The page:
Iraqis vote Saturday in the first parliamentary election since the country declared victory over the Islamic State extremist group.
The balloting is expected to be a referendum on Prime Minister Haider al-Abadi's tenure and his pledge to be more inclusive of Iraq's Sunni minority.
Entrenched corruption, the influence of Iran and the future of U.S. forces currently in Iraq are other issues that have dominated the run-up to the election.
There are 329 seats at stake, with nearly 7,000 candidates from dozens of different political alliances.
Few foresee a dramatic government shake-up, however. The most powerful alliances expected to win the most seats are headed by the same parties that have dominated Iraqi politics since 2003.
Al-Abadi is seeking to retain his post but faces stiff competition from his predecessor, Nouri al-Maliki, and the Fatah alliance of candidates who have close ties to the powerful, mostly Shiite paramilitary forces.
Fatah is headed by Hadi al-Amiri, a former minister of transport who became a senior commander of paramilitary fighters in the fight against the IS group. Many of the candidates on his list were also paramilitary commanders before they cut their official ties with the force in order to seek office.
Influential cleric Muqtada al-Sadr also leads an alliance. He commanded fighters in the war against IS and headed a powerful militia that fought U.S. forces in Iraq before that, but his campaign has focused on social issues and eliminating government corruption.
Because so many different political alliances are running, no one group is seen as being able to win the 165 seats required for an outright majority. Instead, the bloc that wins the most seats will have to cobble together a majority by getting the support of smaller alliances.
The process of choosing the next prime minister is expected to take months and probably result in power being dispersed across different political parties with clashing interests. The current government is similarly fractured, making it almost impossible to pass legislation.
Until a new prime minister is chosen, al-Abadi will remain in office, retaining all his power.
Polls open at 7 a.m. and close at 6 p.m. (0400 to 1500 GMT, midnight Friday to 11 a.m. Saturday EDT). The independent body overseeing the election is estimating high turnout, because it comes amid a relative lull in insurgent attacks.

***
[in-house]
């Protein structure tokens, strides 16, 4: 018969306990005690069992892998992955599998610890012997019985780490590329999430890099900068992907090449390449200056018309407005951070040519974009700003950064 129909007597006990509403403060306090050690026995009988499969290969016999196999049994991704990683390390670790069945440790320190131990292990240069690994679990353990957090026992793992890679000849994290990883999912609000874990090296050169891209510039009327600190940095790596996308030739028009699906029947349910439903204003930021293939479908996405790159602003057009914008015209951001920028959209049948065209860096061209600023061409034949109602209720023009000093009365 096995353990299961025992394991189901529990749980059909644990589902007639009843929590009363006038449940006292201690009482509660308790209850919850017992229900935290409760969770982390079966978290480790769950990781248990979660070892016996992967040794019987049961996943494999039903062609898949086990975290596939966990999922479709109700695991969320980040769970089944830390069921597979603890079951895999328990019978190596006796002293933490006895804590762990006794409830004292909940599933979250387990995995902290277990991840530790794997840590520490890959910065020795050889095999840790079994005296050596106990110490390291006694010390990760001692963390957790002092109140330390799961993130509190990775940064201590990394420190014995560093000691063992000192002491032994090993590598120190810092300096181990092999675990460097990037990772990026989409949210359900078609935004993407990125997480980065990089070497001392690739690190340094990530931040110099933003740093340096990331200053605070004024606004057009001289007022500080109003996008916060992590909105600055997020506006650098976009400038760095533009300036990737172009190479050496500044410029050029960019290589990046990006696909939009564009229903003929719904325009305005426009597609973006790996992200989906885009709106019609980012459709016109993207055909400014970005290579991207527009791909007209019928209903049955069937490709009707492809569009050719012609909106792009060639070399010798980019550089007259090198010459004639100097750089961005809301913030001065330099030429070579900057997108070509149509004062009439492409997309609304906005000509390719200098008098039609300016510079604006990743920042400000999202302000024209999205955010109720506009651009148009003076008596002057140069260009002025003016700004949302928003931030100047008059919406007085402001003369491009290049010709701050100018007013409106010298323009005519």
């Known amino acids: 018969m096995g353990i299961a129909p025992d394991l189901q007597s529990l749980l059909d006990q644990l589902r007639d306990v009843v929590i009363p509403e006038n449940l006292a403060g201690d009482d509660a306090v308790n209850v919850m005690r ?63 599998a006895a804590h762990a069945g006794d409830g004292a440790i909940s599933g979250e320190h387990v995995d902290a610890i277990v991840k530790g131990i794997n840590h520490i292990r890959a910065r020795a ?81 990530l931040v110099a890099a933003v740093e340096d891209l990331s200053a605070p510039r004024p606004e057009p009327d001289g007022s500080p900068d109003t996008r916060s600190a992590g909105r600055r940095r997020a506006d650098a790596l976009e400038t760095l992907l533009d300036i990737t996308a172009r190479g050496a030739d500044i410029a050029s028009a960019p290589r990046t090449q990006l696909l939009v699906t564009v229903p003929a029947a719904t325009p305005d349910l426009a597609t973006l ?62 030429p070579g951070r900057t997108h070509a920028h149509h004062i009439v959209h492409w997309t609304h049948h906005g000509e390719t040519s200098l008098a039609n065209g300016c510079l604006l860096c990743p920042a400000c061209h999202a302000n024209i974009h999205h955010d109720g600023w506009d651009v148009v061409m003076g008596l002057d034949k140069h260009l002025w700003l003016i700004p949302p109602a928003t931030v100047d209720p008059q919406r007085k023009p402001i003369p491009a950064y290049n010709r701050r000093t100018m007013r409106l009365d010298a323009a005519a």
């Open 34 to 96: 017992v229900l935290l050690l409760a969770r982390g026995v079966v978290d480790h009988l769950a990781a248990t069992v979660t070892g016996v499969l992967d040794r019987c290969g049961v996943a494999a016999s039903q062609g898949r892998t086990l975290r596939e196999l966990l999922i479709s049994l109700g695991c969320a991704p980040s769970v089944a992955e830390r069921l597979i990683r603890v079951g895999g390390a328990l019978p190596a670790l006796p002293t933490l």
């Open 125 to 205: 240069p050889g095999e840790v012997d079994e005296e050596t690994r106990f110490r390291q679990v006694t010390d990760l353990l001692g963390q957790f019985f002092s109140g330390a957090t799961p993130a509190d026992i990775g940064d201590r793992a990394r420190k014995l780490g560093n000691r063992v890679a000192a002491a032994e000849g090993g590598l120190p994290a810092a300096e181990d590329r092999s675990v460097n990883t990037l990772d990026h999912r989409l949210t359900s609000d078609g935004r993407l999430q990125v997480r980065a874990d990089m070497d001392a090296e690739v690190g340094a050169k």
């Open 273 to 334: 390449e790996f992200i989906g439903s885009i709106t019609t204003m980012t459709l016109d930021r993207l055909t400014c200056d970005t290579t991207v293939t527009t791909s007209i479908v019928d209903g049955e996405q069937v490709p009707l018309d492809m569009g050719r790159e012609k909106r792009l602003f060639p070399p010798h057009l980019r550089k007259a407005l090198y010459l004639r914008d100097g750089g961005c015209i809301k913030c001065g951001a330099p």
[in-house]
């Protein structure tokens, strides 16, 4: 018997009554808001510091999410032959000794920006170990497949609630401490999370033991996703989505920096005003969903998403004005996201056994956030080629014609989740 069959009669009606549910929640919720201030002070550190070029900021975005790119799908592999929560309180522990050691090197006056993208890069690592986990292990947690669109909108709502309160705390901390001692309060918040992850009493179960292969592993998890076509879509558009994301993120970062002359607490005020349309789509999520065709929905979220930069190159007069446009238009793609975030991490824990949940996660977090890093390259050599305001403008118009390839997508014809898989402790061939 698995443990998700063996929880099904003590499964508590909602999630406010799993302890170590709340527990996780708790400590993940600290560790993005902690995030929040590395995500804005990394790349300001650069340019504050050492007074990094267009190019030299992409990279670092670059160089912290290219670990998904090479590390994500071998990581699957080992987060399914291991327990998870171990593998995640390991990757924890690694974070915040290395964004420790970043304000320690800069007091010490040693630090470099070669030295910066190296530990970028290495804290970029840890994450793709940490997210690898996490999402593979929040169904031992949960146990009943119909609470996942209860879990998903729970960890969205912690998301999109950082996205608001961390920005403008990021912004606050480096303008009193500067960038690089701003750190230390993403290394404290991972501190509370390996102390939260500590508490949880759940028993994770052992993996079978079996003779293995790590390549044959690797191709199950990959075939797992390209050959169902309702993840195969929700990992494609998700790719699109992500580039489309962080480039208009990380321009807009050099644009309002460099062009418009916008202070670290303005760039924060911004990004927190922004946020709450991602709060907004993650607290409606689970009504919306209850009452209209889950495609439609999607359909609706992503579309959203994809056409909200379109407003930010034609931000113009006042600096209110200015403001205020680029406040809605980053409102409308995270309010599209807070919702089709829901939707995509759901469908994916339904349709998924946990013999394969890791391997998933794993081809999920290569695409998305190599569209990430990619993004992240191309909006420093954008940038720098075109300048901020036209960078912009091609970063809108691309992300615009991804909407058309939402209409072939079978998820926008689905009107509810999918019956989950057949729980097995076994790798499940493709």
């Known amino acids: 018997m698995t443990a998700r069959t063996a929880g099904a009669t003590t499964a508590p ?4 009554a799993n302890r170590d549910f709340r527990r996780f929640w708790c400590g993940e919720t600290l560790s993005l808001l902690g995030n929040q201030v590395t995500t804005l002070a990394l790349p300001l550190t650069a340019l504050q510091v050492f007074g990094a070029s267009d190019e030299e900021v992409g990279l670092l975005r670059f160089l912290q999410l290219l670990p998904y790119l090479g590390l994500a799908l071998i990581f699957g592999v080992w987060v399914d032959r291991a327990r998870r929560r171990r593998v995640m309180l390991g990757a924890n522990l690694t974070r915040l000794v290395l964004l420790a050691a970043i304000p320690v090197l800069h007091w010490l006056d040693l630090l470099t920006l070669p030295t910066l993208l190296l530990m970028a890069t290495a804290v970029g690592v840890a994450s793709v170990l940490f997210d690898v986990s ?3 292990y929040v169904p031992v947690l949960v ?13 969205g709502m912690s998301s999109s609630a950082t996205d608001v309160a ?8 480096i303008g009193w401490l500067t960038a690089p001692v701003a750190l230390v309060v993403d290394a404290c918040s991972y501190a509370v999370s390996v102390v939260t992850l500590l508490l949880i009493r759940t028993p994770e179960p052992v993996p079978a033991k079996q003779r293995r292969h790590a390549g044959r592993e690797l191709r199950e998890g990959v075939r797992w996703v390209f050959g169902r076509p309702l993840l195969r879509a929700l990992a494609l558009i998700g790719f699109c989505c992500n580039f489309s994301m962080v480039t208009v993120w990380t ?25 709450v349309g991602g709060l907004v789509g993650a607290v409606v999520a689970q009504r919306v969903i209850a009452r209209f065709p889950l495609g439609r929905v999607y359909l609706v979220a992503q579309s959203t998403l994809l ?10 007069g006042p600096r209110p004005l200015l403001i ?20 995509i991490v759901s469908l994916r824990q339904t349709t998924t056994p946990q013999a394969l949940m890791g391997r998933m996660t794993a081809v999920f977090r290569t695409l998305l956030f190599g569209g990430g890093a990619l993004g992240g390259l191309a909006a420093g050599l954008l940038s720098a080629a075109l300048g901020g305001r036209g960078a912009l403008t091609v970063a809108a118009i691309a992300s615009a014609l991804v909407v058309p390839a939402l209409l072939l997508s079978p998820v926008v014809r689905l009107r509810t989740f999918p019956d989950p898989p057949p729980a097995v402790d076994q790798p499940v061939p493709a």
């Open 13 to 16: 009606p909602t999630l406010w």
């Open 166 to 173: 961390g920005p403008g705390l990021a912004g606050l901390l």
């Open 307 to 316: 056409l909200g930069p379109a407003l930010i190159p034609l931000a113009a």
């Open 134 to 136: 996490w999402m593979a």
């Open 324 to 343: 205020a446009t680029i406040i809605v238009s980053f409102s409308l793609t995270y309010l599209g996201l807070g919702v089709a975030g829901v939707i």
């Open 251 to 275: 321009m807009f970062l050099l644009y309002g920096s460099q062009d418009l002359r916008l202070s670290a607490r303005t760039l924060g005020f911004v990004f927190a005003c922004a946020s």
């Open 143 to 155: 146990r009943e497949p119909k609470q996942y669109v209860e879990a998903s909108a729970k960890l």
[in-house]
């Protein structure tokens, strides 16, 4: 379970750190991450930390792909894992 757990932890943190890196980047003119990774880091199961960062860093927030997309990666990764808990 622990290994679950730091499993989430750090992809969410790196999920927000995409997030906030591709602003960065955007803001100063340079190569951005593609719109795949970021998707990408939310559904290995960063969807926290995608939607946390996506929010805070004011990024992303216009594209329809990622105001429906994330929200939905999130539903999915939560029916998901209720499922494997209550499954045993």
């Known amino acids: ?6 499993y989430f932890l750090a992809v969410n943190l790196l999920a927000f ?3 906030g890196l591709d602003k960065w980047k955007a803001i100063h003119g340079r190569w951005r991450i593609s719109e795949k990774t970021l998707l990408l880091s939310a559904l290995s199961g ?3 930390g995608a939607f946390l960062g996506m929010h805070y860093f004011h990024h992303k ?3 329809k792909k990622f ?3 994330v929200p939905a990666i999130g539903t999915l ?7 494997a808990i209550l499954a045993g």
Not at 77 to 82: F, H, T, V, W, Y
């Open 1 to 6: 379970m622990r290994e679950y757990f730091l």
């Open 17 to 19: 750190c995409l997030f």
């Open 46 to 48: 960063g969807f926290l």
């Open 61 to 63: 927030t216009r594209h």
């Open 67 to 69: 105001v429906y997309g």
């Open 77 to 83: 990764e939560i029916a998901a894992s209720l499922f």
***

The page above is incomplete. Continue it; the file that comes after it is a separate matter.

Many Iraqis are quick to condemn their current elected representatives because of entrenched corruption and the squandering of the country's significant oil wealth by previous administrations.
Still, there have been relatively high rates of voter participation, with turnout averaging more than 60 percent in previous elections despite security concerns.
Security has been tightened across Iraq in the days before the election. Baghdad, Mosul and other major cities are imposing curfews on election day, and travel between provinces already has been restricted. As of Friday, airports and border crossings will be closed. Islamic State militants no longer control significant pockets of Iraqi territory, but they do maintain a grip inside Syria along Iraq's border.
An electronic voting system is being used for the first time this year to try to reduce fraud and speed up the counting process. Results will be released within 48 hours of Saturday's poll close, according to the independent body overseeing the elections.
The next government
Political power in Iraq is traditionally divided along sectarian lines among the offices of prime minister, president and parliament speaker. Since the first elections following the 2003 U.S.-led toppling of Saddam Hussein, the Shiite majority has held the position of prime minister, while the Kurds have held the presidency and the Sunnis have held the post of parliament speaker.
The constitution sets a quota for female representation, stating that no less than one-fourth of parliament members must be women. Nearly 2,600 women are running for office this year.
Once results of the election are ratified by Iraq's supreme court, parliament is required to meet within 15 days. Its eldest member will chair the first session, which will elect a speaker. Parliament then must elect a president by a two-thirds majority vote within 30 days of its first meeting.
The president then is charged with naming a member of the largest bloc in parliament — the prime minister-designate — to form a cabinet within 30 days. If that individual fails, the president must nominate a new person for the post of prime minister.
In the past, forming a government has taken up to eight months. In 2005, allegations of vote-rigging delayed the ratification of election results for weeks.
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